Evaluating University Internationalisation

On the benefits of evaluating international activity

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A nice short article by Eva Egron-Polak, Secretary General of the International Association of Universities (IAU) published by the Academic Coordination Association.

Egron-Polak argues that there is a beneficial emphasis on evaluating internationalisation at present and that this trend means that international activity is being taken seriously and that all kinds of such activity is being fully and properly scrutinised. Moreover, it means that universities are continuing, quite properly, to debate their approach to internationalisation, in other words to ask ‘why are we doing this?’.

Although she acknowledges that terminology is difficult here and internationalisation has as many different definitions as there are institutions, Egron-Polak argues that there is real value in the kind of assessment undertaken by the IAU through its Internationalization Strategies Advisory Service (ISAS) where “the aim is to know whether or not the internationalisation goals are being achieved; and if we fall short of that, why this is the case, and what is required to redress the situation”.

The overall outcomes of the ISAS programme are quite interesting:

And, despite the vastly dissimilar contextual realities in each university, each ISAS project still confirmed that the dominant understanding of internationalisation of higher education remains relatively narrow or only partial. Consequently, internationalisation tends to be implemented in a limited manner. And when institutions embark on an assessment, they are likely to focus on just a few, basic aspects, using a limited set of (usually quantitative) indicators, such as the number of international students on campus, the number of exchange partnerships, the teaching of foreign languages and the hosting of visitors from abroad.  Despite the clear importance of these indicators of internationalisation, are they really a mark that the goals of internationalisation have been achieved?  How much do they tell us about the impact of these actions on the learning that takes place?  How well can the academic community reply to the ‘why’ questions that can be raised about these actions, particularly when they require institutional investment?

So actually it looks like many institutions really have quite a long way to go to develop a more comprehensive conceptualisation of internationalisation. This seems to me to be rather disappointing but perhaps not entirely surprising. It does take time to develop beyond the basic issues of student numbers and exchange agreements and it is perhaps therefore inevitable that some universities will be further down the road than others. In all cases though, stepping back and asking the ‘why’ questions in relation to different international activities does seem sensible.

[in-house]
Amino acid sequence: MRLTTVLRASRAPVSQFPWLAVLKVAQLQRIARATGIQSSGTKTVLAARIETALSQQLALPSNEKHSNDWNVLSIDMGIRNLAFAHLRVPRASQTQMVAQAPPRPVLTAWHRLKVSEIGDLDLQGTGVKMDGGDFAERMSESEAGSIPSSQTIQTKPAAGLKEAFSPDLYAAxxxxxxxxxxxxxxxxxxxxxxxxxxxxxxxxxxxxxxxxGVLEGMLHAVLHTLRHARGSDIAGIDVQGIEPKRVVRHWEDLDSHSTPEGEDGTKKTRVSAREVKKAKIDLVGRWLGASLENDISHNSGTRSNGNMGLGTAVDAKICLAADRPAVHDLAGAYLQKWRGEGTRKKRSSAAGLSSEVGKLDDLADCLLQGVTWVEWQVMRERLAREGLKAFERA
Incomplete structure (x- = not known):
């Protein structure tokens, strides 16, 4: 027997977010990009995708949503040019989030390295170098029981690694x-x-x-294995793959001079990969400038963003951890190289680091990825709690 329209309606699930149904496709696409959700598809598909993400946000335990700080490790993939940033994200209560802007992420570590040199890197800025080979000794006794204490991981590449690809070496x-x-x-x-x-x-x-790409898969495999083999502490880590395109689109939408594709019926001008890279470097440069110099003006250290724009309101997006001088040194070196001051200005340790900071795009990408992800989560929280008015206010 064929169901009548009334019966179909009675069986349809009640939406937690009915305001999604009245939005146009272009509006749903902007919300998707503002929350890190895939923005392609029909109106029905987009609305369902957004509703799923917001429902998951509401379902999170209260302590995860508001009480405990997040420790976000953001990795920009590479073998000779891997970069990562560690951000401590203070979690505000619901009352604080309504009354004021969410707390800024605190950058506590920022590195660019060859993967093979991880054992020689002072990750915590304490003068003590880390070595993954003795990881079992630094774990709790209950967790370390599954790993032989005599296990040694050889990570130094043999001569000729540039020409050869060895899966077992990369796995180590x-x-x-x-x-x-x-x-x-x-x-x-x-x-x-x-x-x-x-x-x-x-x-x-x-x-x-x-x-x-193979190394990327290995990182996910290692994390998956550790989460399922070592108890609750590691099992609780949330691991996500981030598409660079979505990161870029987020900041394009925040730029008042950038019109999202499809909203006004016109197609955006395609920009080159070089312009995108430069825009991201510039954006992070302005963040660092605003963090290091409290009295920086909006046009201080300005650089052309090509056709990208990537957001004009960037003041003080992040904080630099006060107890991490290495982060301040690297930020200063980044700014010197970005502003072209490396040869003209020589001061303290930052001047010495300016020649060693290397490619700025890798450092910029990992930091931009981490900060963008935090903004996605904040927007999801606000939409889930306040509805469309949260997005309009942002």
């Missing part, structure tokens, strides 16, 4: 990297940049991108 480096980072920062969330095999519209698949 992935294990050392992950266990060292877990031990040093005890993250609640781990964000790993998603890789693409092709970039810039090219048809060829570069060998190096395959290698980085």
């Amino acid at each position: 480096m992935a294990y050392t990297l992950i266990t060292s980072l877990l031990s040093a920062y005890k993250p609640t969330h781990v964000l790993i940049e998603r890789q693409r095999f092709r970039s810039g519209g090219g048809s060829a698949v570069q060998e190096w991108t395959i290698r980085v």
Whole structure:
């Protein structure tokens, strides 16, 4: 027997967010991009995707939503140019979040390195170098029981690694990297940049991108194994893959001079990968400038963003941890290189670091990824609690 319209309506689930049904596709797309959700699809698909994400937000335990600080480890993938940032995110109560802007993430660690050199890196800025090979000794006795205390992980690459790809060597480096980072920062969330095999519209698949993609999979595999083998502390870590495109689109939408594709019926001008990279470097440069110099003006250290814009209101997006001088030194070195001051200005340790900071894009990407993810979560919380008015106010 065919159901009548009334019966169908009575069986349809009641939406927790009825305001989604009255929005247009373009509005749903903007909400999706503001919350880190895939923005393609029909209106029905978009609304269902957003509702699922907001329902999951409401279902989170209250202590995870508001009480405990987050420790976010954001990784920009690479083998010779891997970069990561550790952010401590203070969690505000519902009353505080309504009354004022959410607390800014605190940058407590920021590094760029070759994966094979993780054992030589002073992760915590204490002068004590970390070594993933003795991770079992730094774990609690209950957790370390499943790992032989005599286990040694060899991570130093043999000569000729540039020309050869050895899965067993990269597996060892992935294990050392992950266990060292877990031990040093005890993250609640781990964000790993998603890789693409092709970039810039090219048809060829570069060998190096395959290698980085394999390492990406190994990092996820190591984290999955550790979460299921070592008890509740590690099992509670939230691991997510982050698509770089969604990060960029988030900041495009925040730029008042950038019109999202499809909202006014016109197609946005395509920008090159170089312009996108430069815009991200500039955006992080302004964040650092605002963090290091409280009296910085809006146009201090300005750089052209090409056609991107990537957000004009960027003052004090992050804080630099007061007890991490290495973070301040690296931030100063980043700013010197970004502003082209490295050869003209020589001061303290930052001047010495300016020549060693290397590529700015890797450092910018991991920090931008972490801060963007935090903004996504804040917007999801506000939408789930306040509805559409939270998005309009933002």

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Some surprising views on the internationalisation of Higher Education

Why institutions think internationalisation is important

Really interesting piece in the Chronicle by Francisco Marmolejo on the Internationalization of Higher Education.

Those of us involved in the internationalization of higher education rely on a series of assumptions that are often not supported by data or evidence. For instance, we believe that internationalization is not only positive but also very relevant as a key component of the changing landscape of higher education. When asked about why internationalization is important we are prepared to recite a list of its many benefits for the students, the faculty, the institution, and to society in general. Well, if we don’t defend our cause (and our jobs) well, who will do it? We assume that internationalization is good, but we often lack any data to support our assumptions. Also, we don’t think too much about the fact that there are different rationales as to why, how, and for which purposes an institution or, for that matter, a whole region, wants to engage in an internationalization effort. At least, that’s what new data from the International Association of Universities (IAU) shows.

And there are some really striking differences across regions:

Where significant regional differences exist, it is not in the lamenting for the lack of proper funds, or in the importance of internationalization, but on the main rationales for these widely agreed upon beliefs. Worldwide, the top five reasons for internationalizing an institution are, in order of importance, to improve student preparedness; internationalize the curriculum; enhance the international profile of the institution; strengthen research and knowledge production; and diversify its faculty and staff. However, when the information is analyzed by regions, interesting variations are found. For instance, both North America and Latin America give much more importance to international preparedness of students than Europe. Interestingly, institutions in Africa consider as the more important internationalization rationale, to strengthen research and knowledge production. The Middle East gives the highest importance equally to improving student preparedness and also strengthening research.

The most interesting points for me are about the attitudes of North American institutions which do not seem to be interested in internationalisation for the purpose of profile raising of the university or for extending “international cooperation and solidarity”. Which does raise some questions about their main motivations.

Overall, it’s a really interesting piece on what looks like a very informative piece of work from the IAU.